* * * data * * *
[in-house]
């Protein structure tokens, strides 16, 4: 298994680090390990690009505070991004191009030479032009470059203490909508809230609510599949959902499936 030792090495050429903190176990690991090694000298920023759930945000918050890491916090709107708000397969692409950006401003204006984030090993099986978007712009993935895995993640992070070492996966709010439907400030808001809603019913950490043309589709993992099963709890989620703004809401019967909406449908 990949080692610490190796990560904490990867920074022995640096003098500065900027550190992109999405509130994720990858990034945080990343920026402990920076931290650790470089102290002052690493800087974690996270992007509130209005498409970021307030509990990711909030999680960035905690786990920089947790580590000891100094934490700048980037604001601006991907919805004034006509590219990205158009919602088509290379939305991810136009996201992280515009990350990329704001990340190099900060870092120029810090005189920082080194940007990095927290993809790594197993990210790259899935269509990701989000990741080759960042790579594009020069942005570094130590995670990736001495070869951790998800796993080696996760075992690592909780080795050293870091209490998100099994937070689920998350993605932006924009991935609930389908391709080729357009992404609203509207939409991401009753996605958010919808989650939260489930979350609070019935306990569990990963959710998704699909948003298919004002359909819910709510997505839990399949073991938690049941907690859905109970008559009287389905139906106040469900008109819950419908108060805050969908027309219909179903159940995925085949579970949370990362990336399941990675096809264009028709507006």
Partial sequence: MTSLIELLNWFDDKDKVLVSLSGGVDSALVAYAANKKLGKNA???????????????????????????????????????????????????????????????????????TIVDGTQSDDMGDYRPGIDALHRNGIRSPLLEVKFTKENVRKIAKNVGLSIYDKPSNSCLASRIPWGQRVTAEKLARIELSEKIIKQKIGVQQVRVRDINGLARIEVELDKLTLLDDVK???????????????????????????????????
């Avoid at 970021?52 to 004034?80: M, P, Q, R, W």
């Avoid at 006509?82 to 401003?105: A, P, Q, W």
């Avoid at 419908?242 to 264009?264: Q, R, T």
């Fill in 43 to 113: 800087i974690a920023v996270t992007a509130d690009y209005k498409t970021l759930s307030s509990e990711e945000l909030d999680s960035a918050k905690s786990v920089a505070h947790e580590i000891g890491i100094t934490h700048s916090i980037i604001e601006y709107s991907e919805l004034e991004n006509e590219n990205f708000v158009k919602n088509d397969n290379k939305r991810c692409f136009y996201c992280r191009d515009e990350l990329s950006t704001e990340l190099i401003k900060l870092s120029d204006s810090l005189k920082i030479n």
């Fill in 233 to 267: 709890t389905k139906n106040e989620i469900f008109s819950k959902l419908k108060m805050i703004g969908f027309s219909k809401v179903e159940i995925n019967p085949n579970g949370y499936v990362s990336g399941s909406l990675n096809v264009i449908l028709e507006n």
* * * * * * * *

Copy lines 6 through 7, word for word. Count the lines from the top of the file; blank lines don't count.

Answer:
């Avoid at 419908?242 to 264009?264: Q, R, T």
């Fill in 43 to 113: 800087i974690a920023v996270t992007a509130d690009y209005k498409t970021l759930s307030s509990e990711e945000l909030d999680s960035a918050k905690s786990v920089a505070h947790e580590i000891g890491i100094t934490h700048s916090i980037i604001e601006y709107s991907e919805l004034e991004n006509e590219n990205f708000v158009k919602n088509d397969n290379k939305r991810c692409f136009y996201c992280r191009d515009e990350l990329s950006t704001e990340l190099i401003k900060l870092s120029d204006s810090l005189k920082i030479n």